Photo: Roman März

In the 1930s and 1940s in Nazi Germany, the government banned thousands of books which had been written by authors of Jewish descent or writers that had previously shown communist or pacifist alliances. Decades later, a monument has been created to commemorate the censored books under the guidance of Argentine artist Marta Minujin. The monument is designed to look like the full-scale replica of the Parthenon in Athens, which has become one of the world’s most visited monuments.

The enormous sculpture is situated in Germany and was created entirely out of censored contemporary books. The symbolism of the monument is striking as it was created to contrast political repressions. The monument was also created to symbolize the aesthetic and political ideal of the world’s first democracy which was situated in Greece.

The Parthenon of Books was created as part of the documenta art festival in Kassel, Germany, which is now in its 14th year this year. The documenta was first established in 1955 in a bid to support German contemporary artists, who were often unable to create art as a result of restrictive Nazi policies. Minujin used a total 100,000 books to create the monument.

The novels and books used to complete the Parthenon were secured to the steel structure using plastic sheeting, which protects them from the natural elements while allowing natural sunlight to filter through the massive building. The monument is located on the same site where thousands of books were burned in the Nazi inspired campaign; therefore, the site has a lot of significance for the locals of the city of Kassel as well as for everyone that was affected by the Nazi Campaign.

Although a lot of work has gone into the creation of the monument, the exhibition is only temporary and will last through September. When the exhibition comes to a close, the books will be taken down after which they will be distributed all over the world. So far, the Parthenon of Books has been received well by both locals and the contemporary art community.

The 74-year-old Argentinean artist was central to the creation of the monument; however, she received help from students from Kassel University. The project started with 170 books; but after a public appeal the artists received donations, which resulted in the gathering of 100,000 copies, which were incorporated into the monument. Some of the books included in the collection include Mark Twain’s The Adventures of Tom Sawyer, Cecily von Ziegesar’s Gossip Girl, Salman Rushdie’s The Satanic Verses, The Kite Runner by Khaled Hosseini, and much more.

Marta Minujín - The Parthenon of Books, 2017, Friedrichsplatz Kassel, documenta 14, Photo- Roman März
Marta MinujinThe Parthenon of Books, 2017, documenta 14, Friedrichsplatz Kassel, Germany
Photo: Roman März

Marta Minujín - The Parthenon of Books, 2017, Friedrichsplatz Kassel, documenta 14, Photo- Roman März
Marta MinujinThe Parthenon of Books, 2017, documenta 14, Friedrichsplatz Kassel, Germany
Photo: Roman März

Marta Minujín - The Parthenon of Books, 2017, Friedrichsplatz Kassel, documenta 14, Photo- Roman März
Marta MinujinThe Parthenon of Books, 2017, documenta 14, Friedrichsplatz Kassel, Germany
Photo: Roman März

Marta Minujín - The Parthenon of Books, 2017, Friedrichsplatz Kassel, documenta 14, Photo- dpa
Marta MinujinThe Parthenon of Books, 2017, documenta 14, Friedrichsplatz Kassel, Germany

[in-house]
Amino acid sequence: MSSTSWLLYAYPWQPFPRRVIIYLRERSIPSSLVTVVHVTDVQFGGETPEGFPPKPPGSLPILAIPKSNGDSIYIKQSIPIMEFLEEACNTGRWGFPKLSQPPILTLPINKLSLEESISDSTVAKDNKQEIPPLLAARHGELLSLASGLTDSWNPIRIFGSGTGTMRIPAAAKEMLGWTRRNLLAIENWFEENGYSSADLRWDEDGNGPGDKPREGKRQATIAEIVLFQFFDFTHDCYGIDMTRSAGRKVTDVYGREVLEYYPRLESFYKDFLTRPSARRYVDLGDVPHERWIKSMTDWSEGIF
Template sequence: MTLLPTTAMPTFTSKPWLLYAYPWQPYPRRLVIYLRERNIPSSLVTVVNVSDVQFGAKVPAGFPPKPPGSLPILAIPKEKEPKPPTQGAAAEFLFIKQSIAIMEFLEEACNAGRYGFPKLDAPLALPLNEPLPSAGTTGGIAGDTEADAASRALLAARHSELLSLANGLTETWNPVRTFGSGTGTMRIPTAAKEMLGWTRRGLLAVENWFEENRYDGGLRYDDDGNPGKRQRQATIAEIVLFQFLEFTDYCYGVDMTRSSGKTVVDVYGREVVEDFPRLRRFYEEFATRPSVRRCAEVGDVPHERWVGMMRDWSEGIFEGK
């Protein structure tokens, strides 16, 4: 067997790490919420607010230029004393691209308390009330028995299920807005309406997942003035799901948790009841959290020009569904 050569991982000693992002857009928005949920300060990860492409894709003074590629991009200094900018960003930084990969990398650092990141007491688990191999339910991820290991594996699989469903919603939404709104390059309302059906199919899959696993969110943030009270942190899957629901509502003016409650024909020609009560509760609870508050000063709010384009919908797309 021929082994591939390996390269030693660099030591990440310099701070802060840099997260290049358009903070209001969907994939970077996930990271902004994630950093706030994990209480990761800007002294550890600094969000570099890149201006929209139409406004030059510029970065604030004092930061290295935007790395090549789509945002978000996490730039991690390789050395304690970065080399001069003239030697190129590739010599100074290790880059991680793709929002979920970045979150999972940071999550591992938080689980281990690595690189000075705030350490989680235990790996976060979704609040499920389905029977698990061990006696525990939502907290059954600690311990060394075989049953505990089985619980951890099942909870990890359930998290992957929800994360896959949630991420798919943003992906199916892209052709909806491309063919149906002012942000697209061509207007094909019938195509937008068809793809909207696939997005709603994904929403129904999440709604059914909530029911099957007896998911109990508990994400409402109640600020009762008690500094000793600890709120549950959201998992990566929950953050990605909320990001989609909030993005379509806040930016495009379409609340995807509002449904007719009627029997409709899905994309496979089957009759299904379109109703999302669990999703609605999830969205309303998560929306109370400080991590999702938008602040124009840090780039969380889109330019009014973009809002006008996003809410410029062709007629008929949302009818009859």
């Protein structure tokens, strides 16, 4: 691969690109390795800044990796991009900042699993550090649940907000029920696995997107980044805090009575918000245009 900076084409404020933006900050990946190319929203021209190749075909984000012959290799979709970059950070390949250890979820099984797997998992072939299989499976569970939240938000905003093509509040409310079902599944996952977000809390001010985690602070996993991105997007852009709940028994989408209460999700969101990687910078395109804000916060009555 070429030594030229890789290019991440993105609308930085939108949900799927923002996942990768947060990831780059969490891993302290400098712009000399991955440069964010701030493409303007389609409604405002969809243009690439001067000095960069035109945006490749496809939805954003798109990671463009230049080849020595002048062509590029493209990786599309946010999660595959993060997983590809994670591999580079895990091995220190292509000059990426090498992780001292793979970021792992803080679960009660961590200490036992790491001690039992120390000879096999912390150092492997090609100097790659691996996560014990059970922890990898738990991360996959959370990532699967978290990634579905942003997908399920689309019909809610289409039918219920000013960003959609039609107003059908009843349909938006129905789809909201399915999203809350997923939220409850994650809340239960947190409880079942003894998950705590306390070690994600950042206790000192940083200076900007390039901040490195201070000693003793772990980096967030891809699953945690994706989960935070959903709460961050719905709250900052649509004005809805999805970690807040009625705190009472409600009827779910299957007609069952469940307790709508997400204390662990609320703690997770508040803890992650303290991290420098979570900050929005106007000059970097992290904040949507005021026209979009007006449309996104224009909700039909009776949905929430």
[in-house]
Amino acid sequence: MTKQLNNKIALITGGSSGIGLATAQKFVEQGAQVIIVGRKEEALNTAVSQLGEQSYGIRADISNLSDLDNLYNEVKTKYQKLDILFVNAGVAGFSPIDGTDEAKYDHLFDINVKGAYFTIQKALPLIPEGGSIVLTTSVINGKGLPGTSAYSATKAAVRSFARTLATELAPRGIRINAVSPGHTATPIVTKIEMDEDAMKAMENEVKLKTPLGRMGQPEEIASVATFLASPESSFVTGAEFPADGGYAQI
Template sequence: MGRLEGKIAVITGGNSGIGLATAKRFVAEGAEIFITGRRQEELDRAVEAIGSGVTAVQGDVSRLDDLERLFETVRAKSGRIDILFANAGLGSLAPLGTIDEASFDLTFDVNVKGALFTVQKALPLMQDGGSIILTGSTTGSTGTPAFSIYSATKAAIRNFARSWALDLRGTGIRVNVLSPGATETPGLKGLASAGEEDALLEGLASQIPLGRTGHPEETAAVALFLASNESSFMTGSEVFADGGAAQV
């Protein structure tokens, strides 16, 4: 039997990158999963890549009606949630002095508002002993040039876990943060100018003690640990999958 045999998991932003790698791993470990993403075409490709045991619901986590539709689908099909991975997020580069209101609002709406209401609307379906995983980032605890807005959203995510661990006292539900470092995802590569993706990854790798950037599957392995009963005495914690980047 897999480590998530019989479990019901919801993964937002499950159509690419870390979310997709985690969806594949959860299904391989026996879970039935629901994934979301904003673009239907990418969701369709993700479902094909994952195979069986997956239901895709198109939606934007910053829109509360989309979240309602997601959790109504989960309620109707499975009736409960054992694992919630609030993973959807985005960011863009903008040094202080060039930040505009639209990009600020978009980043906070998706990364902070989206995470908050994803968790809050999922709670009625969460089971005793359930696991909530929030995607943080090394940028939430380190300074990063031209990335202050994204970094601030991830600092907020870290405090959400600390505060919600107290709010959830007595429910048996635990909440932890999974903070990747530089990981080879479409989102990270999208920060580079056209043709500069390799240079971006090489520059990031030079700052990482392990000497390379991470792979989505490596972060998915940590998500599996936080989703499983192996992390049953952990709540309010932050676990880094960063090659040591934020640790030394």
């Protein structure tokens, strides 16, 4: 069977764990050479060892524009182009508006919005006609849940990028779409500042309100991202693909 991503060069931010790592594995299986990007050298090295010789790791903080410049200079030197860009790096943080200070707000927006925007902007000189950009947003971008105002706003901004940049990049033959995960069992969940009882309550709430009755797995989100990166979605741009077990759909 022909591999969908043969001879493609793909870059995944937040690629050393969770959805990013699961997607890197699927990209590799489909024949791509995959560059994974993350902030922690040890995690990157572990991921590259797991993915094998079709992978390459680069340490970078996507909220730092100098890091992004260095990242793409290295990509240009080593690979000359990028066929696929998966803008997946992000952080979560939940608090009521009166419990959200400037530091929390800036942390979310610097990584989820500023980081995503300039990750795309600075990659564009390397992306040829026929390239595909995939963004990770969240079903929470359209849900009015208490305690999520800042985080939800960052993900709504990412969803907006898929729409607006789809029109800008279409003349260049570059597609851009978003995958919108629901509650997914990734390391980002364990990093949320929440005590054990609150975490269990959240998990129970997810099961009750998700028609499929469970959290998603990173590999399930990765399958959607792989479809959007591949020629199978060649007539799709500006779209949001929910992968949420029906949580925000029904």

Photo: dpa

Marta Minujín - The Parthenon of Books, 2017, Friedrichsplatz Kassel, documenta 14, Photo AP Photo-Jens Mayer-
Marta MinujinThe Parthenon of Books, 2017, documenta 14, Friedrichsplatz Kassel, Germany
Photo: AP / Jens Mayer

Marta Minujín - Preparation of The Parthenon of Books, 2017, Friedrichsplatz Kassel, documenta 14, 3
Marta Minujin – Preparation of The Parthenon of Books, 2017, documenta 14, Friedrichsplatz Kassel, Germany

Marta Minujín - Preparation of The Parthenon of Books, 2017, Friedrichsplatz Kassel, documenta 14, 1
Marta Minujin – Preparation of The Parthenon of Books, 2017, documenta 14, Friedrichsplatz Kassel, Germany

Marta Minujín - Preparation of The Parthenon of Books, 2017, Friedrichsplatz Kassel, documenta 14, 2Marta Minujin – Preparation of The Parthenon of Books, 2017, documenta 14, Friedrichsplatz Kassel, Germany


Posted in Public Delivery | Tagged , , , , , | Leave a comment
They quickly disappeared: Four massive ice sculptures at the North Pole

They quickly disappeared: Four massive ice sculptures at the North Pole

Andy Goldsworthy - Touching North, 1989, North Pole
Andy GoldsworthyTouching North, 1989, North Pole

In 1989, Andy Goldsworthy created four massive snow rings at one the most remote place on Planet Earth, the North Pole. These ephemeral sculptures marked the position of the North Pole, and were built around it. Through any of the four sculptures, the direction will always be south.

The material was cut and built in the white on white environment. The artist learned snow-cutting and packing techniques from a traditional indigenous source, an Inuit based in the Ellesmere Island, Canada’s third-largest island, the 10th-largest island in the world and the most northerly island in the Arctic Archipelago. In winter 1989, before leaving for the North Pole, he wrote: “It belongs to no one — it is the Earth’s common — an ever changing landscape in which whatever I make will soon disappear.”

Andy Goldsworthy (b. 1956) is a British sculptor, mostly known for his site-specific sculptures and land art. He lives and works in Scotland.

Andy Goldsworthy - Touching North, 1989, part 1 out of 4, North Pole
Andy GoldsworthyTouching North, 1989, part 1 out of 4, North Pole

Andy Goldsworthy - Touching North, 1989, part 2 out of 4, North Pole
Andy GoldsworthyTouching North, 1989, part 2 out of 4, North Pole

Andy Goldsworthy - Touching North, 1989, part 3 out of 4, North Pole
Andy GoldsworthyTouching North, 1989, part 3 out of 4, North Pole

Andy Goldsworthy - Touching North, 1989, part 4 out of 4, North Pole
Andy GoldsworthyTouching North, 1989, part 4 out of 4, North Pole

Andy Goldsworthy - Touching North, 1989, North Pole


Posted in Public Delivery | Tagged , , , , , , | Leave a comment
Page 1 of 912345...Last »
Want inspiration in your inbox?
Ok
close-link
Public Delivery

Public Delivery